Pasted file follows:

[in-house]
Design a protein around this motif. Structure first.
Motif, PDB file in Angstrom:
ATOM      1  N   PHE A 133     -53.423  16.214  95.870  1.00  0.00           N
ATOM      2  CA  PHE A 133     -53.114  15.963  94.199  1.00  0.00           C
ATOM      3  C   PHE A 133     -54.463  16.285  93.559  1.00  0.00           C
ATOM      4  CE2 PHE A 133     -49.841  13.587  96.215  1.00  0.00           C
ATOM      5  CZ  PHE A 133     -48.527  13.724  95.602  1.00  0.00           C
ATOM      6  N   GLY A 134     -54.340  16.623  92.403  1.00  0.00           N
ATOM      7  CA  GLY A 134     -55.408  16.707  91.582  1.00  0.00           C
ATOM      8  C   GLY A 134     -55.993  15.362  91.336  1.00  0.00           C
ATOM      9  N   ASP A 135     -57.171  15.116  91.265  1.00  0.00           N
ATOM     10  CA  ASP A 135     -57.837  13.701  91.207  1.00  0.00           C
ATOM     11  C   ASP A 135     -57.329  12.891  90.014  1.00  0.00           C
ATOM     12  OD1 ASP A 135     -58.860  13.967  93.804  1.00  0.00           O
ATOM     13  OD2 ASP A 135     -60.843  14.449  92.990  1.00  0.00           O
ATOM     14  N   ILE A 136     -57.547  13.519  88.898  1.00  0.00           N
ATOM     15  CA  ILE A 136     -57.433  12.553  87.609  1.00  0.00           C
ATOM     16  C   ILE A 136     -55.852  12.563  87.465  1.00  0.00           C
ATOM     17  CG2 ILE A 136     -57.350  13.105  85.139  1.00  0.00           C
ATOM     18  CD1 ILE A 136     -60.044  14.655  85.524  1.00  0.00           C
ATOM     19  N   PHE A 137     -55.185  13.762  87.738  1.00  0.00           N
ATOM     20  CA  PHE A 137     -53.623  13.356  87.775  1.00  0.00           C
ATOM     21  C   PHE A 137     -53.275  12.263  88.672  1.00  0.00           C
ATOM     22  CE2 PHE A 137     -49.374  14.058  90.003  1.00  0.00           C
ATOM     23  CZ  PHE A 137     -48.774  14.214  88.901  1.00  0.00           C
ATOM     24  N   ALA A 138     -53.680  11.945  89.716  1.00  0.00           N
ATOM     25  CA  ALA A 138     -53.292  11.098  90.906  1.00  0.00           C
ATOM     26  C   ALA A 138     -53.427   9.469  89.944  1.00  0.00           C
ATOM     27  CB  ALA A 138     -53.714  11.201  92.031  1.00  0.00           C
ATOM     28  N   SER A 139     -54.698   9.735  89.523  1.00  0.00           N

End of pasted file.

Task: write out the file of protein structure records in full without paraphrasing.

[in-house]
Design a protein around this motif. Structure first.
Motif, PDB file in Angstrom:
ATOM      1  N   PHE A 133     -53.423  16.214  95.870  1.00  0.00           N
ATOM      2  CA  PHE A 133     -53.114  15.963  94.199  1.00  0.00           C
ATOM      3  C   PHE A 133     -54.463  16.285  93.559  1.00  0.00           C
ATOM      4  CE2 PHE A 133     -49.841  13.587  96.215  1.00  0.00           C
ATOM      5  CZ  PHE A 133     -48.527  13.724  95.602  1.00  0.00           C
ATOM      6  N   GLY A 134     -54.340  16.623  92.403  1.00  0.00           N
ATOM      7  CA  GLY A 134     -55.408  16.707  91.582  1.00  0.00           C
ATOM      8  C   GLY A 134     -55.993  15.362  91.336  1.00  0.00           C
ATOM      9  N   ASP A 135     -57.171  15.116  91.265  1.00  0.00           N
ATOM     10  CA  ASP A 135     -57.837  13.701  91.207  1.00  0.00           C
ATOM     11  C   ASP A 135     -57.329  12.891  90.014  1.00  0.00           C
ATOM     12  OD1 ASP A 135     -58.860  13.967  93.804  1.00  0.00           O
ATOM     13  OD2 ASP A 135     -60.843  14.449  92.990  1.00  0.00           O
ATOM     14  N   ILE A 136     -57.547  13.519  88.898  1.00  0.00           N
ATOM     15  CA  ILE A 136     -57.433  12.553  87.609  1.00  0.00           C
ATOM     16  C   ILE A 136     -55.852  12.563  87.465  1.00  0.00           C
ATOM     17  CG2 ILE A 136     -57.350  13.105  85.139  1.00  0.00           C
ATOM     18  CD1 ILE A 136     -60.044  14.655  85.524  1.00  0.00           C
ATOM     19  N   PHE A 137     -55.185  13.762  87.738  1.00  0.00           N
ATOM     20  CA  PHE A 137     -53.623  13.356  87.775  1.00  0.00           C
ATOM     21  C   PHE A 137     -53.275  12.263  88.672  1.00  0.00           C
ATOM     22  CE2 PHE A 137     -49.374  14.058  90.003  1.00  0.00           C
ATOM     23  CZ  PHE A 137     -48.774  14.214  88.901  1.00  0.00           C
ATOM     24  N   ALA A 138     -53.680  11.945  89.716  1.00  0.00           N
ATOM     25  CA  ALA A 138     -53.292  11.098  90.906  1.00  0.00           C
ATOM     26  C   ALA A 138     -53.427   9.469  89.944  1.00  0.00           C
ATOM     27  CB  ALA A 138     -53.714  11.201  92.031  1.00  0.00           C
ATOM     28  N   SER A 139     -54.698   9.735  89.523  1.00  0.00           N